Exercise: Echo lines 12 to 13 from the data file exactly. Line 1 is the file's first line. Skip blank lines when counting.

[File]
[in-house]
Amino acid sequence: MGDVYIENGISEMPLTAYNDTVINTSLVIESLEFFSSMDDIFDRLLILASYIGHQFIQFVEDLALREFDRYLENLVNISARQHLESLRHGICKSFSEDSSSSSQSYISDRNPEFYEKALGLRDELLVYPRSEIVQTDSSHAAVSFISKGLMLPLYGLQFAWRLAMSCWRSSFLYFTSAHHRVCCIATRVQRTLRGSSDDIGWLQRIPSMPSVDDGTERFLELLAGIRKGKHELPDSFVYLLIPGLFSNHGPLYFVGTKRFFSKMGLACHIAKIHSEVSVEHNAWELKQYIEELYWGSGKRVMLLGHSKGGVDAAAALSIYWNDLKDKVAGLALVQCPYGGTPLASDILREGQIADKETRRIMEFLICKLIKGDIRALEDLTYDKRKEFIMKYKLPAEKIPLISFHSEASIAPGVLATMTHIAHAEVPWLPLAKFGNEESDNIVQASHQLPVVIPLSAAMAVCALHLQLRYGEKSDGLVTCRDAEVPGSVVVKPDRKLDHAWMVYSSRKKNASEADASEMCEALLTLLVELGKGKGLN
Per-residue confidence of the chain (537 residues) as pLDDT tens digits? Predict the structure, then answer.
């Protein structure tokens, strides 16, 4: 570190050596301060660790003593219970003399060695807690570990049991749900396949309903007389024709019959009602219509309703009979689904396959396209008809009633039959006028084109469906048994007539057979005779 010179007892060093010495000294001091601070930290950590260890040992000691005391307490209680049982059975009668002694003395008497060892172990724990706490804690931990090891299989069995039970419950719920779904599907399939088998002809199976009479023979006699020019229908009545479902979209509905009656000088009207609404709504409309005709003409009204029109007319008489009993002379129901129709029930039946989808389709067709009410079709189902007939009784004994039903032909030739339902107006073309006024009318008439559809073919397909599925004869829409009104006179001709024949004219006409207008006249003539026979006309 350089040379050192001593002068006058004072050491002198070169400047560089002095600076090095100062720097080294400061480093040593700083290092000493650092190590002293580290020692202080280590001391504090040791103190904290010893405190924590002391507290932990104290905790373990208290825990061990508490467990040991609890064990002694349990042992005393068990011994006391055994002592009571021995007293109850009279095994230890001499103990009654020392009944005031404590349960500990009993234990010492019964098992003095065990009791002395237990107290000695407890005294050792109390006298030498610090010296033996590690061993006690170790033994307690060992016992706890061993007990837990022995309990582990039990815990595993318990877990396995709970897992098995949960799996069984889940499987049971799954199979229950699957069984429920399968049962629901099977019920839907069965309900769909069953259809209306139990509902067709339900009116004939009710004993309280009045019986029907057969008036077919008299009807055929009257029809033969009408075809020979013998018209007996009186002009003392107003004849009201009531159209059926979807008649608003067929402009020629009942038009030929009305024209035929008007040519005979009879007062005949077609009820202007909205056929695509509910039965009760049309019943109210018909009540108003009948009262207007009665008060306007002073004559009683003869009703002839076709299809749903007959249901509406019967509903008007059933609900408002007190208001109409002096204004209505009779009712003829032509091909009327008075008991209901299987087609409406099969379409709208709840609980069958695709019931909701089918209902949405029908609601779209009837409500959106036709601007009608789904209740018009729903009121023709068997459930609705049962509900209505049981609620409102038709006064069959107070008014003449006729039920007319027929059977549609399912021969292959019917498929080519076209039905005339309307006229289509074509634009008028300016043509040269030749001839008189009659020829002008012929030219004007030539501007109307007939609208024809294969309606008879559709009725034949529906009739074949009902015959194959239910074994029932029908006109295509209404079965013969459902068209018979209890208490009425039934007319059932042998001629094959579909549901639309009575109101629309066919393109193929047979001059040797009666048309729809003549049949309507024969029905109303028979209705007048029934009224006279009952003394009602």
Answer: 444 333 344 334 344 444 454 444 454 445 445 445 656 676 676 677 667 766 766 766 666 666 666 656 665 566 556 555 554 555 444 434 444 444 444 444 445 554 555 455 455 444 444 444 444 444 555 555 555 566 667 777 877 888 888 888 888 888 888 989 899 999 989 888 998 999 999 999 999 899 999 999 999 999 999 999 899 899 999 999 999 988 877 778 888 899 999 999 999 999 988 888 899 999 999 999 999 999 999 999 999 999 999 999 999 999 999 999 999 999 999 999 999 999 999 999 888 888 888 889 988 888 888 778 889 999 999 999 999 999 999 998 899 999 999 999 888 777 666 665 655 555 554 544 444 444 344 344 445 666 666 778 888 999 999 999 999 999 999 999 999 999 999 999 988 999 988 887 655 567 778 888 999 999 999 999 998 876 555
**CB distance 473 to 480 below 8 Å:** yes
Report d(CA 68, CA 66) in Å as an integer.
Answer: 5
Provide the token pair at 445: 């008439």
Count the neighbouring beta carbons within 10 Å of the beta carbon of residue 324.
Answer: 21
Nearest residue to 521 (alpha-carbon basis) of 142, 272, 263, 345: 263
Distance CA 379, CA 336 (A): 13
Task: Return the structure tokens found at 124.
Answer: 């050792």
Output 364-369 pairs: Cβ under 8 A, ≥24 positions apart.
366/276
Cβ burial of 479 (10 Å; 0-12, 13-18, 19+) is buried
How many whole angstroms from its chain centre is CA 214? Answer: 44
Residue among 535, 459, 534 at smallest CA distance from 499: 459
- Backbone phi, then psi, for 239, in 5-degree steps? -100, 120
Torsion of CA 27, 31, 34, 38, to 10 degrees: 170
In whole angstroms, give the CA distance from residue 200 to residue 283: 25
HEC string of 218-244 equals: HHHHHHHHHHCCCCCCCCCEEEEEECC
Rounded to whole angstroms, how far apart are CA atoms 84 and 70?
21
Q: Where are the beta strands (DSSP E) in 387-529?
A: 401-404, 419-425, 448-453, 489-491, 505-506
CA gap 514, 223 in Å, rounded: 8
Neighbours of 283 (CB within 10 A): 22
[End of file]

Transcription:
Nearest residue to 521 (alpha-carbon basis) of 142, 272, 263, 345: 263
Distance CA 379, CA 336 (A): 13